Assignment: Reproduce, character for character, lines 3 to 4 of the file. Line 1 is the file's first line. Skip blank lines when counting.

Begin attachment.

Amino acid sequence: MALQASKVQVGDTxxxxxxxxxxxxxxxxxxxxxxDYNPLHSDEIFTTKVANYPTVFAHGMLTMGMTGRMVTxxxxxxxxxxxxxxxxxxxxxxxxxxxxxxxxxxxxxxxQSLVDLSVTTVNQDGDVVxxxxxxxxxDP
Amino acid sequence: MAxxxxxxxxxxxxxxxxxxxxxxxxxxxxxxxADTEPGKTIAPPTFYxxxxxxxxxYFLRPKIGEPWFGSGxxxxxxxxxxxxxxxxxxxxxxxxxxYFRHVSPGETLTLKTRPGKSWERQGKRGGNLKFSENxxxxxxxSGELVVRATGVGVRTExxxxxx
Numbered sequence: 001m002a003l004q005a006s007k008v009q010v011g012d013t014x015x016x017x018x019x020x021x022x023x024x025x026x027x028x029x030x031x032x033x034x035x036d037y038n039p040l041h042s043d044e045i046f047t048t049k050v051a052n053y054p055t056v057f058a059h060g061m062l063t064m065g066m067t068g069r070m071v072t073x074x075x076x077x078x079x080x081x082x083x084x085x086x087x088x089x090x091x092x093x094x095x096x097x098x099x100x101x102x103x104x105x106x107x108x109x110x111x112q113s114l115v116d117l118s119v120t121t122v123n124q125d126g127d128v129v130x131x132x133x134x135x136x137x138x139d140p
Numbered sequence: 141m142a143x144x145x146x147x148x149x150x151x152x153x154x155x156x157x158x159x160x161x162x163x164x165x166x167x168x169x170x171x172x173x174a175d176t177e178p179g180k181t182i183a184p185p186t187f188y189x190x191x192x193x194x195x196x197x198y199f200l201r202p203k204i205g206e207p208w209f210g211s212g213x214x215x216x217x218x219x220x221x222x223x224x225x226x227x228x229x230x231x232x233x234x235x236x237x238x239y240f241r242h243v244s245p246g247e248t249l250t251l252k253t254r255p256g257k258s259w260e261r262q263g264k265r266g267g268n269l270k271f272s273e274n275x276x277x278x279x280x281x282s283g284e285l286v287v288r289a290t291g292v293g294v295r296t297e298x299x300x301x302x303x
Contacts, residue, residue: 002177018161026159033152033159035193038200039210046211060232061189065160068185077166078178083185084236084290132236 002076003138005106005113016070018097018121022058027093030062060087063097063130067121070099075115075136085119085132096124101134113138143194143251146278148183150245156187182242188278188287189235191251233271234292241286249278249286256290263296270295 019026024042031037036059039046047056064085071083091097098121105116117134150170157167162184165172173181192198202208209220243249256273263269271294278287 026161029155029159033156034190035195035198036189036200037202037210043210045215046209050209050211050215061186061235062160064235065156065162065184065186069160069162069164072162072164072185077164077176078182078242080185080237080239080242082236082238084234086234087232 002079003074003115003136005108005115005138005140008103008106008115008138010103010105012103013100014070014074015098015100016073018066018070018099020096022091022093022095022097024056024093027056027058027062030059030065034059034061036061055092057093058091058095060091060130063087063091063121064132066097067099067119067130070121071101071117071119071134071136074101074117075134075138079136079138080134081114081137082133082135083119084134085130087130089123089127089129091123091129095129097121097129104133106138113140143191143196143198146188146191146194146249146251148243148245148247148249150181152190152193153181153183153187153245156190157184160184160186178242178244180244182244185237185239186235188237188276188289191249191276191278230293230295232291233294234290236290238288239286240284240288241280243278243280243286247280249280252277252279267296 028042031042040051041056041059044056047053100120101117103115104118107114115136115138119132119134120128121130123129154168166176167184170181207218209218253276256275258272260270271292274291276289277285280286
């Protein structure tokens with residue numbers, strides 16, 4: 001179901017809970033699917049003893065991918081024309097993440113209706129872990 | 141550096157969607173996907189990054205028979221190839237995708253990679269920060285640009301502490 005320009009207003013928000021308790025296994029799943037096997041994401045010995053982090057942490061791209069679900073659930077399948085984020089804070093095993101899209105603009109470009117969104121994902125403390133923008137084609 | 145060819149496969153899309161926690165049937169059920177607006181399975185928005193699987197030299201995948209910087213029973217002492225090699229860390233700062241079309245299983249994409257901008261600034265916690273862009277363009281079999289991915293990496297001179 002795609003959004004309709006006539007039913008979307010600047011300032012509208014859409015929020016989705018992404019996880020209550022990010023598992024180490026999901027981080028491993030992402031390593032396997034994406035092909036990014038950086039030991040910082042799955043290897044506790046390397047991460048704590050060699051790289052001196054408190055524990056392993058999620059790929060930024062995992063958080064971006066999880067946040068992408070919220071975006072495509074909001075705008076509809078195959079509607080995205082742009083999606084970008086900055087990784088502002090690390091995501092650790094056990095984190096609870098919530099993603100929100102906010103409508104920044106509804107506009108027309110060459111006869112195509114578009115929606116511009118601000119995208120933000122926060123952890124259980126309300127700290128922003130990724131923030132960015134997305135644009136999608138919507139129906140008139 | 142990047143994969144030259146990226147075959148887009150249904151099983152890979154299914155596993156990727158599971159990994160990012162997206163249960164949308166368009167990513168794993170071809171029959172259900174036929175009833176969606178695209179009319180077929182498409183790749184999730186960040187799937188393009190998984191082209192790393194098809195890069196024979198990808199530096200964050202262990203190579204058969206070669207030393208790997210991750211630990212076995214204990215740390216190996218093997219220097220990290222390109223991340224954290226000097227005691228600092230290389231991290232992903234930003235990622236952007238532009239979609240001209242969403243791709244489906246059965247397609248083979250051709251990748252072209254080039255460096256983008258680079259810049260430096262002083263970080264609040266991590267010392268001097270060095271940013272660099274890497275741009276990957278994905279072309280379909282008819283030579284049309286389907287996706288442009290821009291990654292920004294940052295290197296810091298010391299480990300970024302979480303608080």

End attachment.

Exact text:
Numbered sequence: 001m002a003l004q005a006s007k008v009q010v011g012d013t014x015x016x017x018x019x020x021x022x023x024x025x026x027x028x029x030x031x032x033x034x035x036d037y038n039p040l041h042s043d044e045i046f047t048t049k050v051a052n053y054p055t056v057f058a059h060g061m062l063t064m065g066m067t068g069r070m071v072t073x074x075x076x077x078x079x080x081x082x083x084x085x086x087x088x089x090x091x092x093x094x095x096x097x098x099x100x101x102x103x104x105x106x107x108x109x110x111x112q113s114l115v116d117l118s119v120t121t122v123n124q125d126g127d128v129v130x131x132x133x134x135x136x137x138x139d140p
Numbered sequence: 141m142a143x144x145x146x147x148x149x150x151x152x153x154x155x156x157x158x159x160x161x162x163x164x165x166x167x168x169x170x171x172x173x174a175d176t177e178p179g180k181t182i183a184p185p186t187f188y189x190x191x192x193x194x195x196x197x198y199f200l201r202p203k204i205g206e207p208w209f210g211s212g213x214x215x216x217x218x219x220x221x222x223x224x225x226x227x228x229x230x231x232x233x234x235x236x237x238x239y240f241r242h243v244s245p246g247e248t249l250t251l252k253t254r255p256g257k258s259w260e261r262q263g264k265r266g267g268n269l270k271f272s273e274n275x276x277x278x279x280x281x282s283g284e285l286v287v288r289a290t291g292v293g294v295r296t297e298x299x300x301x302x303x